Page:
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Skin Pharmacol. 1993;6(3):200-7.

In vivo evaluation of the stratum corneum barrier function in blacks, Caucasians and Asians with two noninvasive methods.

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  • 1Laboratoire de Pharmacologie, Faculté de Pharmacie, Université Paris XI, Châtenay-Malabry, France.


This study compared in man the in vivo barrier function of stratum corneum in three racial groups: black, Caucasian and Asian, by two noninvasive technics. They were transepidermal water loss (TEWL) determination measured with an evaporimeter and laser Doppler velocimetry (LDV) to measure the lag time before the vasodilation induced by application of methyl nicotinate (10 microliters of 0.5% solution in ethanol/propylene glycol 95/5 v/v). Both methods were performed simultaneously on each forearm of 7 black, 8 caucasian and 6 Asian subjects before and after removal of the stratum corneum by stripping. TEWL measurements were higher (p < 0.01) in Asians and Blacks compared to Caucasians. Stripping (8 or 12 strips) increased TEWL in all groups; TEWL increase percentage was higher (p < 0.05) in Asians compared to Caucasians. Vasodilatation lag times assessed by LDV showed that skin permeability was more important in Asians (p < 0.01) and in Caucasians (p < 0.05) than in blacks. Lag times decreased with stripping. After 8 or 12 strips, the order of sensitivity was: Asian > Caucasian > black. Our study showed that, with both noninvasive methods, removal of the stratum corneum increased permeability, with racial differences.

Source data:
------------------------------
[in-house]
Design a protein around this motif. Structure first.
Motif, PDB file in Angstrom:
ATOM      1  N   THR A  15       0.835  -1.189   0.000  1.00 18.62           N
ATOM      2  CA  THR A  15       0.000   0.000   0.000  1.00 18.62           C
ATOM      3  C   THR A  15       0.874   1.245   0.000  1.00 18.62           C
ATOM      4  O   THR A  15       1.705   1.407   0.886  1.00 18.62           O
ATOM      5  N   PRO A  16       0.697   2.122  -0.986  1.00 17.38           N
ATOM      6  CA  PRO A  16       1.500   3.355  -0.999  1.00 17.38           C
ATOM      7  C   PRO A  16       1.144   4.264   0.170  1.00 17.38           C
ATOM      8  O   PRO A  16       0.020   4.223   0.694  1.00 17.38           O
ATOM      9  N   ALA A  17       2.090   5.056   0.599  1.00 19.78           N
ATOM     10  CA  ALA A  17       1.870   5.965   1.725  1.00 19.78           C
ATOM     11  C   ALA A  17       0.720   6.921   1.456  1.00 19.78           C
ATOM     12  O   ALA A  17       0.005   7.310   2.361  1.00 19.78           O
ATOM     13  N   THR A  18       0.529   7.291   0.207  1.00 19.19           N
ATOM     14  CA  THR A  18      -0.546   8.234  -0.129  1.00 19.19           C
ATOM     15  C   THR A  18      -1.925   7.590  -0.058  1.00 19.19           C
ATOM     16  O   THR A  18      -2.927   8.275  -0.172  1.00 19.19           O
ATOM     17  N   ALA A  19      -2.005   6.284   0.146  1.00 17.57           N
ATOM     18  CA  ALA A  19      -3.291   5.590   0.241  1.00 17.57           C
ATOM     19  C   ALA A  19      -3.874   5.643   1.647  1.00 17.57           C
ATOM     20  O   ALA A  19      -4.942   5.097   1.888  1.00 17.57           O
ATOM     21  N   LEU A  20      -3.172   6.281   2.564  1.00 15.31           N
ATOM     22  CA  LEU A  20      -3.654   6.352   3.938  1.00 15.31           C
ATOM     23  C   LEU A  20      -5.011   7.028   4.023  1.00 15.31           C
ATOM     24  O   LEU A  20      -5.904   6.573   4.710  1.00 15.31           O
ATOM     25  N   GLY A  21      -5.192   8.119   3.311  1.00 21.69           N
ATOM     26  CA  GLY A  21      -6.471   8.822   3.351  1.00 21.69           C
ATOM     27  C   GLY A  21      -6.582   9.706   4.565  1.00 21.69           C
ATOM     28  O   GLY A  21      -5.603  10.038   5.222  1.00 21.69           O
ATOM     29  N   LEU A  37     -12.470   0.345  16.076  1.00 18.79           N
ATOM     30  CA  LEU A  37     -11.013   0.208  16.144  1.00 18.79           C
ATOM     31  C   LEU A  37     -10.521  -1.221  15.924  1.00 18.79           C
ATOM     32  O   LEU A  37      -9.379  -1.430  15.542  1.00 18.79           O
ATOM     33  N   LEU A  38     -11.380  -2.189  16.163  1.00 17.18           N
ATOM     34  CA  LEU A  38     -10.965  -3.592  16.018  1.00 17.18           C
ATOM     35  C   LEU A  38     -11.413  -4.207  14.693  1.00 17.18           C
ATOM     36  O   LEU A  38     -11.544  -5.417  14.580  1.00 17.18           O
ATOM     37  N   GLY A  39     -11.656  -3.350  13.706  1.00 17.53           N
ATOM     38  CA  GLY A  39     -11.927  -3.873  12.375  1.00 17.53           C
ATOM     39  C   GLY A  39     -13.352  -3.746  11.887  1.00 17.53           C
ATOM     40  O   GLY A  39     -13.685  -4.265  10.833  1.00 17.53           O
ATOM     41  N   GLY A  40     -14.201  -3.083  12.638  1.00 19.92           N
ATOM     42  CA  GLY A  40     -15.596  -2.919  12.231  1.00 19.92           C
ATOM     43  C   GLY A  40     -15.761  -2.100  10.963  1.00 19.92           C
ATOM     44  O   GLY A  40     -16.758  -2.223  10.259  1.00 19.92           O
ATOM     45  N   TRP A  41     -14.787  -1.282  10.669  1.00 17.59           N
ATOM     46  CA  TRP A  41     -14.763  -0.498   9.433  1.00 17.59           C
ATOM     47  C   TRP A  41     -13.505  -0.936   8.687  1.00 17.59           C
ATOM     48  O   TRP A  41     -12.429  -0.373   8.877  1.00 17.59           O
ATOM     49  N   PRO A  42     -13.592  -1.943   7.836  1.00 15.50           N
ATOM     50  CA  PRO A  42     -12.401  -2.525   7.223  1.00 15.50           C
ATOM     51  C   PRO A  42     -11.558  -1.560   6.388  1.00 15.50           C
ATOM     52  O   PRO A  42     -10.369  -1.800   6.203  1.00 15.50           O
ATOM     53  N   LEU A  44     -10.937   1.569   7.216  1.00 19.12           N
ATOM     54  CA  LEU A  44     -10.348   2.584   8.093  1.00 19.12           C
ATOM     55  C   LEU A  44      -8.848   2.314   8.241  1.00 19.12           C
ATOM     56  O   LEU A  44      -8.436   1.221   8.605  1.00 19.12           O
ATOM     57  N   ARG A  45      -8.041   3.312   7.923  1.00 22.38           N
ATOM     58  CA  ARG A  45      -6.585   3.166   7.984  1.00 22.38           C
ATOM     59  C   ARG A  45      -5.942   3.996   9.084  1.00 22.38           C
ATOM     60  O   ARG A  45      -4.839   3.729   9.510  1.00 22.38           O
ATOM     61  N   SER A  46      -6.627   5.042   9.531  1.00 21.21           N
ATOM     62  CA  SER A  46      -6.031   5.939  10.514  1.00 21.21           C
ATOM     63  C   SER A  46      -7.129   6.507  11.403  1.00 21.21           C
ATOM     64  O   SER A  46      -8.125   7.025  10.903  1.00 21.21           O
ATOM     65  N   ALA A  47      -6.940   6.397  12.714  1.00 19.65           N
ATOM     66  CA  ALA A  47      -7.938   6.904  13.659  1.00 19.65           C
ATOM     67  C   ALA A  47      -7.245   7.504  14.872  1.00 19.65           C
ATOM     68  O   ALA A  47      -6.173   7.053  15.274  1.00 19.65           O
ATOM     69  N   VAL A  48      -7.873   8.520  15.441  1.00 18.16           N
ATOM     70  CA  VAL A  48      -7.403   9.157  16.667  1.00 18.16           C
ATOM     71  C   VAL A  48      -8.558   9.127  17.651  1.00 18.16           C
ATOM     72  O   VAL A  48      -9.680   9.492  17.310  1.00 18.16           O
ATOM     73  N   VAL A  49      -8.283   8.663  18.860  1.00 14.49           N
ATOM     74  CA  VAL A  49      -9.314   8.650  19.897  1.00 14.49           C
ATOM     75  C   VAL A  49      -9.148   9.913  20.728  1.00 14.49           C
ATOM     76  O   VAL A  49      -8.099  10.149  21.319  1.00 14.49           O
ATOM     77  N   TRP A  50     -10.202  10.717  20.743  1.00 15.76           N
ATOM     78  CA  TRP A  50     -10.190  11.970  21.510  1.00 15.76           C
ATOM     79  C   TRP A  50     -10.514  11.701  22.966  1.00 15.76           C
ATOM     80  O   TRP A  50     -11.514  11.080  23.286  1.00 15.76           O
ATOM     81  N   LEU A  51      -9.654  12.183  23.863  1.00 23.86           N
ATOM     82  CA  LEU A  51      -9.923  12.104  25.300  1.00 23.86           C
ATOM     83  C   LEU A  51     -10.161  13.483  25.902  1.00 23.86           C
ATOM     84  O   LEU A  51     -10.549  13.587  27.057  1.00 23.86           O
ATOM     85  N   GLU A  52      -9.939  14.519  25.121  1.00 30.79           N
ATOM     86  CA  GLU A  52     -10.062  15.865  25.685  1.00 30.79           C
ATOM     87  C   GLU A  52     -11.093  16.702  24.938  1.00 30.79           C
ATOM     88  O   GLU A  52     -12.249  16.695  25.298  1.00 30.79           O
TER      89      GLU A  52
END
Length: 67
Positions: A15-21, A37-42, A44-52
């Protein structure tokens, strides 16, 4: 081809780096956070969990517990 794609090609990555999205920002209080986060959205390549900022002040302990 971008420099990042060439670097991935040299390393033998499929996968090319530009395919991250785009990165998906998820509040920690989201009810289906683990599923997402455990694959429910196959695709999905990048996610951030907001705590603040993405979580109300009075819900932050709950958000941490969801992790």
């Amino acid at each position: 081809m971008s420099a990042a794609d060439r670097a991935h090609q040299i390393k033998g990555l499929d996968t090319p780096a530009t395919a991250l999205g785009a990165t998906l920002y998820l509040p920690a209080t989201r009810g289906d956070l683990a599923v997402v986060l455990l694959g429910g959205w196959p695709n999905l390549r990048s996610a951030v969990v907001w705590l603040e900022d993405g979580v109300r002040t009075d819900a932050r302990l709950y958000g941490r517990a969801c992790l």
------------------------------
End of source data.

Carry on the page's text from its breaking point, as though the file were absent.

[PubMed - indexed for MEDLINE]
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